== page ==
Understanding Athletic Pubalgia (Sports Hernia)

What is Athletic Pubalgia?

Athletic pubalgia, commonly referred to as a sports hernia, is a painful soft tissue injury occurring in the groyne area. It frequently affects athletes engaged in sports that involve sudden changes in direction or intense twisting movements.

Though it can lead to a traditional inguinal hernia, a sports hernia itself is a distinct injury. An inguinal hernia occurs when abdominal tissue pushes through an opening in the lower abdominal wall, causing a painful bulge. In contrast, a sports hernia is a strain or tear of any soft tissue (muscle, tendon, ligament) in the lower abdomen or groin area.

Anatomy Involved

The soft tissues most commonly affected by sports hernias are the oblique muscles in the lower abdomen. The tendons that attach these muscles to the pubic bone are especially vulnerable. Additionally, the tendons attaching the thigh muscles to the pubic bone (adductors) may also be stretched or torn.


Sports hernias often result from activities that involve planting the feet and twisting with maximum exertion. This injury is prevalent in sports such as football, rugby, ice hockey, and wrestling.


  • Severe pain in the groin area at the time of injury.
  • Pain subsides with rest but recurs with sports activities, particularly twisting movements.
  • Unlike inguinal hernias, sports hernias do not cause a visible bulge in the groin.
  • Without treatment, the injury can lead to chronic, disabling pain.


Clinical Examination:
  • Tenderness in the groin or above the pubis during a physical examination.
  • Pain during specific movements, such as a resisted sit-up, can indicate a sports hernia.
Imaging Tests:
  • X-rays or MRI scans may be ordered to confirm the diagnosis and rule out other causes of pain.

Treatment Options

Nonsurgical Treatment:
  • Rest and Ice: Initial treatment involves rest and ice application to reduce swelling and pain.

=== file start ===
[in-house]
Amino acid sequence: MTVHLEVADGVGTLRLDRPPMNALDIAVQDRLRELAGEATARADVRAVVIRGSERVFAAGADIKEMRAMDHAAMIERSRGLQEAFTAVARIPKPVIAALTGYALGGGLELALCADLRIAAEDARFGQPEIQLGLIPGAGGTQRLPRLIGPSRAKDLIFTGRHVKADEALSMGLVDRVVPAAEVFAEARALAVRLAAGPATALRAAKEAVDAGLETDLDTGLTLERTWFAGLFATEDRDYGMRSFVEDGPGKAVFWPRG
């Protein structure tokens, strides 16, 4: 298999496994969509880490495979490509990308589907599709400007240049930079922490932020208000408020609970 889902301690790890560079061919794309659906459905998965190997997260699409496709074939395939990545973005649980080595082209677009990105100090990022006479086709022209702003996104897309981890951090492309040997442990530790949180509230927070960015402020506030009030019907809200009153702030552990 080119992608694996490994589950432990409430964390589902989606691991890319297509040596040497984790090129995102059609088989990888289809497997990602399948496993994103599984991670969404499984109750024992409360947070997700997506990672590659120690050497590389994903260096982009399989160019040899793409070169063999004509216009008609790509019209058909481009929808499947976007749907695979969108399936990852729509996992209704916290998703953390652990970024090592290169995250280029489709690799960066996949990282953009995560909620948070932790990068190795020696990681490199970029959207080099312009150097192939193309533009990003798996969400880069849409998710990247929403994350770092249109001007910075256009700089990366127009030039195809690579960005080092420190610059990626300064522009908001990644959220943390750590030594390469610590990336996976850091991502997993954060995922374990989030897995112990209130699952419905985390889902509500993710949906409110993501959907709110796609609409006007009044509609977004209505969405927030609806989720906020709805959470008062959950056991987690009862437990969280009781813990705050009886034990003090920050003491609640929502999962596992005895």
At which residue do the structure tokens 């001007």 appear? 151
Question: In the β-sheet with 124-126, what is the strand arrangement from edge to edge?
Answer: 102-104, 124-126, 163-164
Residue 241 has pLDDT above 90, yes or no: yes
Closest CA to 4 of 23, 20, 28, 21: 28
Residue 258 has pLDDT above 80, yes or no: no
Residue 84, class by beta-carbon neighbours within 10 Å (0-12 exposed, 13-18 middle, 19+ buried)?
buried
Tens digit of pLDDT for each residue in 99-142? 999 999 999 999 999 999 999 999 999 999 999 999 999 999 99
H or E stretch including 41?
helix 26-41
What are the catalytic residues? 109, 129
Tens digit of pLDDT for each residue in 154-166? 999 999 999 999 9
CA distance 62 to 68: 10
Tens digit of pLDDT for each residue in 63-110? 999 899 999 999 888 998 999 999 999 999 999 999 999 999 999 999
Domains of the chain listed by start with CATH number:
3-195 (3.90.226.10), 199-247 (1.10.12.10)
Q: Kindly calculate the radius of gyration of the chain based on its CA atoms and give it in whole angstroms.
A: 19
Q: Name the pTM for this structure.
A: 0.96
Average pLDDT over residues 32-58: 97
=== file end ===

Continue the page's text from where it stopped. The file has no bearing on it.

• PhysioTherapy: Starting about two weeks post-injury, physical therapy exercises to improve strength and flexibility in the abdominal and inner thigh muscles.
  • Anti-inflammatory Medications: NSAIDs like ibuprofen or naproxen to reduce swelling and pain.
Surgical Treatment:
  • Surgery: If nonsurgical treatments fail, surgery may be required to repair the torn tissues. This can be done via a traditional open procedure or an endoscopic procedure using a small camera to view inside the abdomen.
  • Inguinal Neurectomy: In some cases, cutting a small nerve in the groyne during surgery can relieve pain.
  • Rehabilitation: Post-surgery rehabilitation involves a plan to regain strength and endurance, with most athletes returning to sports within 6 to 12 weeks.

Surgical Outcomes

  • More than 90% of patients who undergo surgery after nonsurgical treatments return to sports activities.
  • Some patients may require additional surgery, such as adductor tenotomy, if pain persists in the inner thigh post-surgery. This procedure involves cutting the tendon that attaches the inner thigh muscles to the pubis, allowing it to heal at a greater length and release tension.

Understanding athletic pubalgia and its treatments is crucial for athletes to manage their condition effectively and return to their activities safely. If you suspect a sports hernia, seeking prompt medical advice ensures the best possible outcome.

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